As required under Chapter 71b of the Massachusetts General Laws and Public Law 94-142, special services are available to students who meet eligibility requirements. A school official, teacher, parent or guardian, court officer, social worker, or family doctor may refer a student to the Wellness Committee. Students may also refer themselves for this support.
A student and/or parent should contact the Special Education Department to obtain further information or make a referral for evaluation. At the completion of the evaluation, the Special Education Team will meet to determine eligibility for special education services. This team may include an administrator, special education person, chairperson, guidance counselor, nurse, psychologist, teacher, parent and student.
In order for all students to achieve our expectations for student learning Tri-County prides itself on providing clear, concise and coordinated opportunities for success. To these ends Tri-County academic course options include full inclusion, co-taught as well as consult model classrooms.
For more information on our programs please make an appointment to speak with the Director of Special Education or plan to attend a SEPAC meeting or one of the various information sessions (calendar to be posted) that are planned and hosted throughout the school year by our Guidance Department.
|Special Education & Other Student Services Contacts|
|Robert Bruno||Special Education Teacher and Liaisonfirstname.lastname@example.org|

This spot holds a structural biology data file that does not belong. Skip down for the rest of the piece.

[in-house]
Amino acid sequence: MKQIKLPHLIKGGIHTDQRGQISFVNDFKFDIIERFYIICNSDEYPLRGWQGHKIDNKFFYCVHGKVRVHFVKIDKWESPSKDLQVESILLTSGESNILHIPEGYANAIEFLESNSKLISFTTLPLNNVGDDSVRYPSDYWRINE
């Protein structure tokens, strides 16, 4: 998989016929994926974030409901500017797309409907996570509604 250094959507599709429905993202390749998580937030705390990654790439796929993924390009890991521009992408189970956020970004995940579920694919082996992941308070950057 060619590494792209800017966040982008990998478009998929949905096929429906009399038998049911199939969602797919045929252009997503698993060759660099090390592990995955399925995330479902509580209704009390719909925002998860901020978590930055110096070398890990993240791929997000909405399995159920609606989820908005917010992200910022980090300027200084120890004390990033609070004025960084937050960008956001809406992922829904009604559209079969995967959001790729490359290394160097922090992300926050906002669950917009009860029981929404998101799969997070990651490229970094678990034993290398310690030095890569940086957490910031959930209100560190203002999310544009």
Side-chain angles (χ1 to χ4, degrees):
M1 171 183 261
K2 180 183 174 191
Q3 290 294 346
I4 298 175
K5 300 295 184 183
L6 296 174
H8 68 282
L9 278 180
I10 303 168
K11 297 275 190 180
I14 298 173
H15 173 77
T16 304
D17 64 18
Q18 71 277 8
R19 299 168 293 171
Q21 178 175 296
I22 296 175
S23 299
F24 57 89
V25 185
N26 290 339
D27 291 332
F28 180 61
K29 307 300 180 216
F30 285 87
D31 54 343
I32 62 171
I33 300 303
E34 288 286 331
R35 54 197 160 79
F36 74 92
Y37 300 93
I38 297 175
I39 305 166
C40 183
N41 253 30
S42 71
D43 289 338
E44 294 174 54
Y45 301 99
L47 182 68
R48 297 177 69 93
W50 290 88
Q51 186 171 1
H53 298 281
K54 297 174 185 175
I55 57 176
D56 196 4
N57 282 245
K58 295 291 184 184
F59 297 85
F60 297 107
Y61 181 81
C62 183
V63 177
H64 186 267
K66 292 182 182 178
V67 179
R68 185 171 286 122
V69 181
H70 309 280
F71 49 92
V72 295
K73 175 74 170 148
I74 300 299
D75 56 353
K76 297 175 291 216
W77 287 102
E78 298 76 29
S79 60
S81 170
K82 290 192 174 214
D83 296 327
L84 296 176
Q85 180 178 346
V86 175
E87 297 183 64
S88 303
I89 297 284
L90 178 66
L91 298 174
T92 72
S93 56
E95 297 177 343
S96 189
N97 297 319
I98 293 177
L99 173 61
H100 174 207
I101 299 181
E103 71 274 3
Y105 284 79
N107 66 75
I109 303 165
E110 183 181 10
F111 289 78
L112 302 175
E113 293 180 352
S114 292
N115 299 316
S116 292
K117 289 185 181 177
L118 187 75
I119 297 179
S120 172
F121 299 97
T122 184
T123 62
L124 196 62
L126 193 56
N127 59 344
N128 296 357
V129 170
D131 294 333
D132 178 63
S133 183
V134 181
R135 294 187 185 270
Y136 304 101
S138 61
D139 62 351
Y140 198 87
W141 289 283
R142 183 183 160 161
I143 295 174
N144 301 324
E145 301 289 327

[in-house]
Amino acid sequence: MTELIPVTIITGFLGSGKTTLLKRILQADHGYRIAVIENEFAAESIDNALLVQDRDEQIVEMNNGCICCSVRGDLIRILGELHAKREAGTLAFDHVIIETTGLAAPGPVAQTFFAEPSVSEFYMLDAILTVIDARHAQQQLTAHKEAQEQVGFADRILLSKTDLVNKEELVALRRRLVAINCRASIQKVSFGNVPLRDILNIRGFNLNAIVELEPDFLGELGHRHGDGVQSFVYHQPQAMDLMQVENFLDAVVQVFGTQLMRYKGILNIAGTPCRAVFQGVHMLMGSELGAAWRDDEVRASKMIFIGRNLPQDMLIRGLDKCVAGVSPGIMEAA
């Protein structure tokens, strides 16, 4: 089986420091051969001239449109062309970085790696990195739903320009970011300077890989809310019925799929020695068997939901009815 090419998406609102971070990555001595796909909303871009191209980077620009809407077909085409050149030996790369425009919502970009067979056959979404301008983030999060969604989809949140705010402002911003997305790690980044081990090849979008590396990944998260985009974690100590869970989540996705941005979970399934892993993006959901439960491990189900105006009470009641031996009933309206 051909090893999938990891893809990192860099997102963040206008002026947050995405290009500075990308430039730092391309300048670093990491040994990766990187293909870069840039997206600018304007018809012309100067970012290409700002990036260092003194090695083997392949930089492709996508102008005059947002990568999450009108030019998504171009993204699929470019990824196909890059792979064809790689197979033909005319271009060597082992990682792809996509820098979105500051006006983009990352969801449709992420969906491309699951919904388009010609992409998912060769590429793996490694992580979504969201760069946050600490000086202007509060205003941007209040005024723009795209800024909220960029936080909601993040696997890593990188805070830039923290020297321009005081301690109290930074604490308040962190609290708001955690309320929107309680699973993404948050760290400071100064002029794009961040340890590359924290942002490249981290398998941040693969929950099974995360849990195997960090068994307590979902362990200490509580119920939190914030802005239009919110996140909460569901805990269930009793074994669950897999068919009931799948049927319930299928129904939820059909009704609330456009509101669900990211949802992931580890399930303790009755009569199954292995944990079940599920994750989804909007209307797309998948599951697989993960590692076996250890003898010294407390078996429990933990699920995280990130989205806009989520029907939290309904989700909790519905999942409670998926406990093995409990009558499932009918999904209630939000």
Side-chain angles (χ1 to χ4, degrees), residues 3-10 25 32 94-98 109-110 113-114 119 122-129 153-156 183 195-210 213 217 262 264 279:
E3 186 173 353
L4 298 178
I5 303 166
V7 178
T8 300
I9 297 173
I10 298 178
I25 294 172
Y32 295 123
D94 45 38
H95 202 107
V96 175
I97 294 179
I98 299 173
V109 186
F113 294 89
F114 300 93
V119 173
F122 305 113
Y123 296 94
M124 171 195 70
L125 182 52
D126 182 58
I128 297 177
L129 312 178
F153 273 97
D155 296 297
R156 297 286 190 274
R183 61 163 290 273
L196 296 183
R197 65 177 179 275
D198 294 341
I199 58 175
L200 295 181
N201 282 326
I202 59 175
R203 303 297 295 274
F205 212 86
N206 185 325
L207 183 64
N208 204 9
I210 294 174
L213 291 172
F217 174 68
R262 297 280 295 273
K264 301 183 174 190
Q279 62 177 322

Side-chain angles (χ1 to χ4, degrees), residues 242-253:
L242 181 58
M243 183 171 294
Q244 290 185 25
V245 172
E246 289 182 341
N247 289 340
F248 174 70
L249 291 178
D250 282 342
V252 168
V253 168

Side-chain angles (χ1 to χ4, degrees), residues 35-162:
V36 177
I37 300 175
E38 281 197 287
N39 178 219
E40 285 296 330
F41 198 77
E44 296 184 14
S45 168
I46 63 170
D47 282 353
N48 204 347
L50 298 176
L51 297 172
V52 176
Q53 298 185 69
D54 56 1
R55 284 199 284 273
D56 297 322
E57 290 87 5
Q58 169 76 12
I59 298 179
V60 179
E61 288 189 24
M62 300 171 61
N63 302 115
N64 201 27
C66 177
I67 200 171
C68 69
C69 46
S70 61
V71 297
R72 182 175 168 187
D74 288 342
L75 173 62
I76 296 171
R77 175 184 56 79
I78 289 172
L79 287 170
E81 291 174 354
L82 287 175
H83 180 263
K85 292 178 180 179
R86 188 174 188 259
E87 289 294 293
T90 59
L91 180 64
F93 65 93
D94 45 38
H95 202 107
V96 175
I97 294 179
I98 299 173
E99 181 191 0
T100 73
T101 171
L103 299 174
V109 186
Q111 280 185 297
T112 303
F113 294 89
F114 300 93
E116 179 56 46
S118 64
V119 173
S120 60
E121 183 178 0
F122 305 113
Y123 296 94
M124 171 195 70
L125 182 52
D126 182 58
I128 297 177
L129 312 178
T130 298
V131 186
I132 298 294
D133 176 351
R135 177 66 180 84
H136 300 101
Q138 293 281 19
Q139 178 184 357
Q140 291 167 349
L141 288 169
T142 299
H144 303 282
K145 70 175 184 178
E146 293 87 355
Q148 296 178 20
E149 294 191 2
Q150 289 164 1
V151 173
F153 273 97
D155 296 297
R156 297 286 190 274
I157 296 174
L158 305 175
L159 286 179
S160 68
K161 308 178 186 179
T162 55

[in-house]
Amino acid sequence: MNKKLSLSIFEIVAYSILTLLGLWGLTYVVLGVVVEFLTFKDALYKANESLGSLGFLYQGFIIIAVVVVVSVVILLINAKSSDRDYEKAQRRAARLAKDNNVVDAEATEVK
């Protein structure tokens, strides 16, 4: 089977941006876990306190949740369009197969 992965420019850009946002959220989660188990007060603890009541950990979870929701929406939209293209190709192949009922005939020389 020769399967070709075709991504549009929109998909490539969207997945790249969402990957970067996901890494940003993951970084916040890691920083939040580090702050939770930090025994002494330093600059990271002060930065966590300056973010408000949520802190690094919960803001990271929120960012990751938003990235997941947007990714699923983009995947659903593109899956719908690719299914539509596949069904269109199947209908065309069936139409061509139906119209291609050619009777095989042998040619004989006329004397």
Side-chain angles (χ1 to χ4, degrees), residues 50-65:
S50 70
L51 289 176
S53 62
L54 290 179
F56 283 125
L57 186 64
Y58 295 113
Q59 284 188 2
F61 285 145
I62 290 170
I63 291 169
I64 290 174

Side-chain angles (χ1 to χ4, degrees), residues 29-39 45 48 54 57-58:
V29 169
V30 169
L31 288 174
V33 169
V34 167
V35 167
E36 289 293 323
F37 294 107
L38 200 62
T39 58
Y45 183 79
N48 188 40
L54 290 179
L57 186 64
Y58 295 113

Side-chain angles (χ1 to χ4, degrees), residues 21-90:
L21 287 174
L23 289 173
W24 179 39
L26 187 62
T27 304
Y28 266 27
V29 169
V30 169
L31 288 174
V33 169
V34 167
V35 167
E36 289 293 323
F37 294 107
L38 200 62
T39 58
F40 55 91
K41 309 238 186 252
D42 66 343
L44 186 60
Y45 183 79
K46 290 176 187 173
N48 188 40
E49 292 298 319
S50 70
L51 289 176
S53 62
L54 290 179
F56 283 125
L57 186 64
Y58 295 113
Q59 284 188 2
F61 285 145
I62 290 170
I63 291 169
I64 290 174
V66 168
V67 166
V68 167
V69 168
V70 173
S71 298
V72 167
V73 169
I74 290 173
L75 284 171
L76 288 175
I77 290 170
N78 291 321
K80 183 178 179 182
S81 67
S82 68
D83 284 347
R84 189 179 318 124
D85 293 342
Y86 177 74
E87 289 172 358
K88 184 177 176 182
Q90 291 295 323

|Julie Caffrey||Special Education Teacher and Liaisonemail@example.com|
|Donna Crawford||School Psychologistfirstname.lastname@example.org|
|Caralyn Good||Special Education Reading Teacher and Liaisonemail@example.com|
|Laura Griffin||Special Education Teacher and Liaisonfirstname.lastname@example.org|
|Carol Kelley||Special Education Teacher and Liaison||Kelley@tri-county.us|
|William LaPlant||Special Education Teacher and Liaisonemail@example.com|
|Michael Martone||Special Education Teacher and Liaisonfirstname.lastname@example.org|
|Yannis Mavropoulos||IEP Team Chairpersonemail@example.com|
|Donna McDonald||Special Education Teacher and Liaison||McDonald@tri-county.us|
|Jennifer Mogensen||Speech and Language Pathologistfirstname.lastname@example.org|
|Suzanne O’Shea||Special Education Teacher and Liaisonemail@example.com|
|Daniel Parker||Special Education Teacher and Liaisonfirstname.lastname@example.org|
|Kevin Pierce||Special Education Department Coordinatoremail@example.com|
|Anthony Puleo||Special Education Teacher and Liaisonfirstname.lastname@example.org|
|Sarah Vega||Special Education Teacher and Liaisonemail@example.com|
Special Education Parent Advisory Councils (SEPACs)
Special Education Parent Advisory Councils (SEPACs) were established by state law in 1972. Language from Section 3 of Chapter 71B of the Massachusetts General Laws reads in part:
“…. The school committee of any city, town, or school district shall establish a parent advisory council on special education. Membership shall be offered to all parents of children with disabilities and other interested parties. The parent advisory council duties shall include but not be limited to: advising the school committee on matters that pertain to the education and safety of students with disabilities; meeting regularly with school officials to participate in the planning, development, and evaluation of the school committee’s special education programs. The parent advisory council shall establish by-laws regarding officers and operational procedures. In the course of its duties under this section, the parent advisory council shall receive assistance from the school committee without charge, upon reasonable notice, and subject to the availability of staff and resources. …”
Key components of operating an effective SEPAC include (but are not limited to):
-Identifying Parties with Common Interests
-Interacting with the Special Education Administrator
-Interacting with the Superintendent and the School Committee
-Interacting with school councils, PTOs and the community at large